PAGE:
ABERDEEN assistant boss Tony Docherty praised the Dons as they carved out a 1-1 draw with Hibs at Pittodrie, despite ending the encounter with only nine men.

Curtis Main and Lewis Ferguson were red-carded in a fiery second-half where Ryan Porteous fired the Edinburgh outfit into the lead and Sam Cosgrove grabbed a controversial late equaliser.

The top scorer, who had been fortunate to escape a second booking, rose to bullet in a Niall McGinn corner-kick to prevent the team from sliding to a third consecutive defeat.

Dons No.2 Docherty, speaking to BBC Sport, said: “I’d like to talk about our reaction to going down to 10 men, 1-0 down at home, there are a lot of question marks for the players.

“There was a real inspirational period in the game where we actually could have gone on and won it and that is just down to the players’ mentality and personality.

“That speaks volumes in terms of what the manager is putting forward to make sure we’re always bang at it and always all for the cause.”

PAUL HECKINGBOTTOM, the Easter Road gaffer, added: “It’s beginning to be the same story. We were good, excellent with and without the ball, stood up to Aberdeen’s threats.

“It’s a story of missed chances, should have put the game to bed and it would have been an easy run-in.


“Credit to Aberdeen, they made the subs and went for it, but even then, they weren’t really creating anything and it’s a set-play that’s cost us.”

Cosgrove’s goal denied the Edinburgh men their first Premiership win since the opening game of the league season against St Mirren.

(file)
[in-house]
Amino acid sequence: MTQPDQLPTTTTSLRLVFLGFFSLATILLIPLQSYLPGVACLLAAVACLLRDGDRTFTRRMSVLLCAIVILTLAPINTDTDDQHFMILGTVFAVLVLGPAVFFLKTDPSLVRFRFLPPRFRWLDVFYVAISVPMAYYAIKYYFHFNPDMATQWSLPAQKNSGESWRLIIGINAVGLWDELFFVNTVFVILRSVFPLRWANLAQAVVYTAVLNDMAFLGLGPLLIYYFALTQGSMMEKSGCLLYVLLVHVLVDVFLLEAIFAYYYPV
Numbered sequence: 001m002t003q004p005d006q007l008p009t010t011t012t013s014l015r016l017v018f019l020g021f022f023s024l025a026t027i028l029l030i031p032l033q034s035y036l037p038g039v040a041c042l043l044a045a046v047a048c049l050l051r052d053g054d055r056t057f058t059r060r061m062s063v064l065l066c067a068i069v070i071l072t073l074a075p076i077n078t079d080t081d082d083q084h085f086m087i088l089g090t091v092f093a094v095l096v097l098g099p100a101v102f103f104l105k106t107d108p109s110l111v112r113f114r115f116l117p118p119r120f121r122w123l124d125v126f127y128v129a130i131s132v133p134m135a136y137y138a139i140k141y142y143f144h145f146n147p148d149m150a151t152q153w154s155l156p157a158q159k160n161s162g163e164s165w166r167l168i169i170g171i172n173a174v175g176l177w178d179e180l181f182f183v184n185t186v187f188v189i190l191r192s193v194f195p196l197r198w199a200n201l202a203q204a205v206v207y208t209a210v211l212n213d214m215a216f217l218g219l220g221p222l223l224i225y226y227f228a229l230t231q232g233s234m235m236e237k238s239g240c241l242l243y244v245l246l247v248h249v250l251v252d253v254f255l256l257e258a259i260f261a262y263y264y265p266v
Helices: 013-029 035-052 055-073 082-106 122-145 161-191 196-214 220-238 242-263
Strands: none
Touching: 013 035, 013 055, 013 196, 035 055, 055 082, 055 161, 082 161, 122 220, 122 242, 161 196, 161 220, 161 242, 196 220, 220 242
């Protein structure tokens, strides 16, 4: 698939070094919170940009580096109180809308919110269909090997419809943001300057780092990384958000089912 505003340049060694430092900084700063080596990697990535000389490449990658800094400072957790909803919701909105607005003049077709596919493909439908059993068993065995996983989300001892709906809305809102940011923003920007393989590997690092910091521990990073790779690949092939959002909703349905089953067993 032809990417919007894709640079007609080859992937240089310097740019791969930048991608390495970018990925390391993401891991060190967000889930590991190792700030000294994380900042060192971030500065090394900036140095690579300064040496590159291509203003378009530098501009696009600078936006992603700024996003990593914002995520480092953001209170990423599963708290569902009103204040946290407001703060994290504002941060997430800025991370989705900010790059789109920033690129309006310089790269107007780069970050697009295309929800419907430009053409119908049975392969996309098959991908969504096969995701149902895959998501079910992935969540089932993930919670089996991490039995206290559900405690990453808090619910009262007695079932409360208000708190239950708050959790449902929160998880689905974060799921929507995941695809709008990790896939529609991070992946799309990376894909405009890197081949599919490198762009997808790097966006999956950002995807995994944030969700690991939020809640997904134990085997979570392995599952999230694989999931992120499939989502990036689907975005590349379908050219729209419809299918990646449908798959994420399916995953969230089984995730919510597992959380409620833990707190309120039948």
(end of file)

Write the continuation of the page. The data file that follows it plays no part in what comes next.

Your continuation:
Christian Doidge was the main Hibs culprit by squandering FOUR excellent chances when he was through one-on-one with keeper Joe Lewis.

Visiting centre-half Porteous, back from suspension, pounced on a deflected Tom James shot to give Heckingbottom’s team the advantage three minutes after half-time.

The home side were down to 10 men shortly after when Main lunged into Stevie Mallan.

Cosgrove looked to have a kick out at Glenn Middleton, but referee Don Robertson’s decision not to show a second yellow card meant the Englishman was free to rise above Porteous and head the equaliser.

Ferguson’s red card for a wayward challenge on Mallan made little difference with the final whistle sounding seconds later.


About Author


Acclaimed author Alex Gordon wrote the biography of Scotland international legend Denis Law, entitled 'King and Country'. He is a former columnist with World Soccer magazine and Scottish correspondent of respected European journal L'Equipe.

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